Europe's Fisheries Commissioner said ministers would consider the concerns of the Scottish fishing industry when they meet to set quotas for 2007.
The Scottish white fish fleet has been cut in recent years
Joe Borg said he hoped to negotiate an agreement which prevented "unnecessary hardship" for North Sea fishermen but protected dwindling cod stocks.
Mr Borg was speaking on a two-day visit to Scotland.
He is meeting representatives from the fishing sector, politicians and members of the offshore industries.
He is being urged by the country's fishing leaders to maintain existing quotas and days at sea when European ministers meet in December to set next year's catch limits.
Concerns have been raised from members of the fishing sector over a report by scientists from the International Council for the Exploration of the Sea (ICES), which recommends ministers impose a total ban on cod catches.
Speaking in Aberdeen, Mr Borg said: "There are certain aspects in the report which indicate that certain stocksof fish are recovering, but there are also indications that the situation for other fish are very bad, for cod in particular.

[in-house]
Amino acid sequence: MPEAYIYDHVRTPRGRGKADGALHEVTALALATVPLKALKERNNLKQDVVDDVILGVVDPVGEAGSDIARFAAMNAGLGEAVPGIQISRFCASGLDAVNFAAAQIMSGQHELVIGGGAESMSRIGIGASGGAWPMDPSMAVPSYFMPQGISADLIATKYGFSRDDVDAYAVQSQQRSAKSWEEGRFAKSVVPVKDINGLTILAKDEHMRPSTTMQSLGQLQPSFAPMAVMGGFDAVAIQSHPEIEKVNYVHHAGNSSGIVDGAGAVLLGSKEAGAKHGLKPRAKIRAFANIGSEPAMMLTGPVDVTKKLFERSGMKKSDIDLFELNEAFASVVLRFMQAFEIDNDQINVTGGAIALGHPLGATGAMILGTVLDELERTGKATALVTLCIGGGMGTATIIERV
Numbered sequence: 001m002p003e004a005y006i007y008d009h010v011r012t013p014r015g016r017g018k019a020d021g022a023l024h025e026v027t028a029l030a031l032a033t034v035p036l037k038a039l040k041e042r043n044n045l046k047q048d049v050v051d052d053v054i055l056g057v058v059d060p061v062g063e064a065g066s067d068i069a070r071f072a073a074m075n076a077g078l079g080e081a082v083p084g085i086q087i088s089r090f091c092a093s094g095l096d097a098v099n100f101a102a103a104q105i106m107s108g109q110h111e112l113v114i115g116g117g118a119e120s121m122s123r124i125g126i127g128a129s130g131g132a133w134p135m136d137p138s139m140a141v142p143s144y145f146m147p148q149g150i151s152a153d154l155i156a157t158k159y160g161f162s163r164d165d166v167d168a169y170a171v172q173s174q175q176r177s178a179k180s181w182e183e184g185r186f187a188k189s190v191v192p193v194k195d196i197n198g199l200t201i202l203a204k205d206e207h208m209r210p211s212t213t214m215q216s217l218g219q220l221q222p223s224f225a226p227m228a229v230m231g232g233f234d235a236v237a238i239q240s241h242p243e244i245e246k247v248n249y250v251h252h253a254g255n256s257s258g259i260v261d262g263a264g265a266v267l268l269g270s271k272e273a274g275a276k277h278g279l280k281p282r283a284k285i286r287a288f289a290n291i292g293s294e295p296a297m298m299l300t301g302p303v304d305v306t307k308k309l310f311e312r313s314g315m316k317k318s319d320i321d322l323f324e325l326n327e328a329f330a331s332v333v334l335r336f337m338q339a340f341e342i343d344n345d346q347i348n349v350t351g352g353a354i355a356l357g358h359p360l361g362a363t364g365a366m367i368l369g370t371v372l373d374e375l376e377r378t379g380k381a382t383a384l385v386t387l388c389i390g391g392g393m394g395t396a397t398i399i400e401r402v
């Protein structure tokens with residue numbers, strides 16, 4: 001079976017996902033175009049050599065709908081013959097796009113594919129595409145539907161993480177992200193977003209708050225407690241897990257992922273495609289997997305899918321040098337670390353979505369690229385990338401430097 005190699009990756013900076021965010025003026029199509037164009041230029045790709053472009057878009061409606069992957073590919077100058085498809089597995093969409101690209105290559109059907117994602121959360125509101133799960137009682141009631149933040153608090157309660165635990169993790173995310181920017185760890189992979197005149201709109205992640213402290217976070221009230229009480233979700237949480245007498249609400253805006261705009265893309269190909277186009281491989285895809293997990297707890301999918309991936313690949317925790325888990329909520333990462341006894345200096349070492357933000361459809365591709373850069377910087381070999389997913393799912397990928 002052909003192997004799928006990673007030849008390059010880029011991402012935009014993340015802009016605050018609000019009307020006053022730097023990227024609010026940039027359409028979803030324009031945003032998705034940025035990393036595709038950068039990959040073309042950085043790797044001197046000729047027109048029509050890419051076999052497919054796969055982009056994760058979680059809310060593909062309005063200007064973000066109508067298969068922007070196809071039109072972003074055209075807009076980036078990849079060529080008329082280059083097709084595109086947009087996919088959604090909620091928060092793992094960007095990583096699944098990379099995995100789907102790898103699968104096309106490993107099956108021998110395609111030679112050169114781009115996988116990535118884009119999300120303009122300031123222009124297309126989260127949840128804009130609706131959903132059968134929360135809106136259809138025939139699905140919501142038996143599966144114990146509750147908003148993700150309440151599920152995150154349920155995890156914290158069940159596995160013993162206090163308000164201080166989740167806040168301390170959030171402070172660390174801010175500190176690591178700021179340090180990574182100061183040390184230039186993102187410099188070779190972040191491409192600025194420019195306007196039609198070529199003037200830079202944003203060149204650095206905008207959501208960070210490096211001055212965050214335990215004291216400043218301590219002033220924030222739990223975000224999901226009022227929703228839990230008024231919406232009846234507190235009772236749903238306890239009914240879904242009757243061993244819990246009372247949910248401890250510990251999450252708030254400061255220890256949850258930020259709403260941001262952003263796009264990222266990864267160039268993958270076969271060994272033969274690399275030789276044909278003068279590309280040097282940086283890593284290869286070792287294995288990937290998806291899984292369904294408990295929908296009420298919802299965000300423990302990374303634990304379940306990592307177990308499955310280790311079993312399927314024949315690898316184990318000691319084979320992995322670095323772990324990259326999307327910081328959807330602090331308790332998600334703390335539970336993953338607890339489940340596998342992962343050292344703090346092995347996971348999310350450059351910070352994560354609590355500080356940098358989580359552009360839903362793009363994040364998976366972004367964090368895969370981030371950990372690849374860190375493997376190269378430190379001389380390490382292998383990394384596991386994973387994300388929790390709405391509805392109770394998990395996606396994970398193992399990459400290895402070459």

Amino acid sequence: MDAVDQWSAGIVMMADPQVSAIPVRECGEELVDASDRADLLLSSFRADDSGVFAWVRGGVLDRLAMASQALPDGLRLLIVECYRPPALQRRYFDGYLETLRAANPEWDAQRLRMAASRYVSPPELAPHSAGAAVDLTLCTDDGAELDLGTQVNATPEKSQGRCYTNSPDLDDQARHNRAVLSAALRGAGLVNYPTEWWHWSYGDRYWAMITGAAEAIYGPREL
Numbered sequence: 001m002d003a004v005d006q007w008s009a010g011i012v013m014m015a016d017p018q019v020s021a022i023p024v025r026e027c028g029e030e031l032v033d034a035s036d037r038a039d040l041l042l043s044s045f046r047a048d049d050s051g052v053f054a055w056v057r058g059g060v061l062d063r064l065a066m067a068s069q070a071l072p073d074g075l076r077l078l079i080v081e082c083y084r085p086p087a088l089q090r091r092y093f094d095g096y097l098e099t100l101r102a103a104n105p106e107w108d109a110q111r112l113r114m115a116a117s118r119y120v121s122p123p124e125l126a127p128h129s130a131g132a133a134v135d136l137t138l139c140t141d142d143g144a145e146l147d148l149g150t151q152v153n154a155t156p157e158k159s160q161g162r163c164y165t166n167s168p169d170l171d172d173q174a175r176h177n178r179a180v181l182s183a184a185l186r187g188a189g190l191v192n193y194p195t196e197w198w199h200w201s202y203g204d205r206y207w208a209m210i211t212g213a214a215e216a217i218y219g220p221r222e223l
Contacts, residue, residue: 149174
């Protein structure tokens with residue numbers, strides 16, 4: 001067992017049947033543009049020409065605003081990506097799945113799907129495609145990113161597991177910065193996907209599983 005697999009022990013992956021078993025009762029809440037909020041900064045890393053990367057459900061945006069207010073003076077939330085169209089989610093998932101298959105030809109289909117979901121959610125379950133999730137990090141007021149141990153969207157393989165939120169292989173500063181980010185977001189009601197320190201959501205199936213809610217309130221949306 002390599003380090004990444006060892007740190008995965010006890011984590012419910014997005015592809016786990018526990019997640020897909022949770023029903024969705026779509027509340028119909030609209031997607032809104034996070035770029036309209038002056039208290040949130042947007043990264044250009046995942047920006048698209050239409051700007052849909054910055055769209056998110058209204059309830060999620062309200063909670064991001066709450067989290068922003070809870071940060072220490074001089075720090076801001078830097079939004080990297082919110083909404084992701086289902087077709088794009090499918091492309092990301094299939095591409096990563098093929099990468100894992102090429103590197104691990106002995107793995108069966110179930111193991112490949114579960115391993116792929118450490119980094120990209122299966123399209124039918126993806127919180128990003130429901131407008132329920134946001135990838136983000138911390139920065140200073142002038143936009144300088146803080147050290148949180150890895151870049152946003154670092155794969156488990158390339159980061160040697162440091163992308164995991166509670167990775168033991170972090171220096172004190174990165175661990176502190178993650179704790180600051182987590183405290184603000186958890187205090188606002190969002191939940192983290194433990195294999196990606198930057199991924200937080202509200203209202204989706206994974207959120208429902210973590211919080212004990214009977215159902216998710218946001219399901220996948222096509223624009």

"The situation with cod is still far from what we would like it to be. We want to try and work out a solution which does not prejudice possibilities for the recovery of cod, but takes into account what the realities and concerns of the fishermen are so that we try to avoid unnecessary hardship.
Mr Borg admitted that the commission's efforts to protect depleting cod numbers had not worked as well as had been hoped.
Richard Lochhead MSP, the SNP's fishing spokesman, condemned Mr Borg's stance on Scotland's fishing fleet.
He said: "Scottish fishermen have been promised that the sacrifice of the biggest part of the white fish fleet would create a viable fleet for their future.
"The equivocation by Commissioner Borg about further cuts will simply not do. With fishermen making their first profits in years it's time for stability not restriction."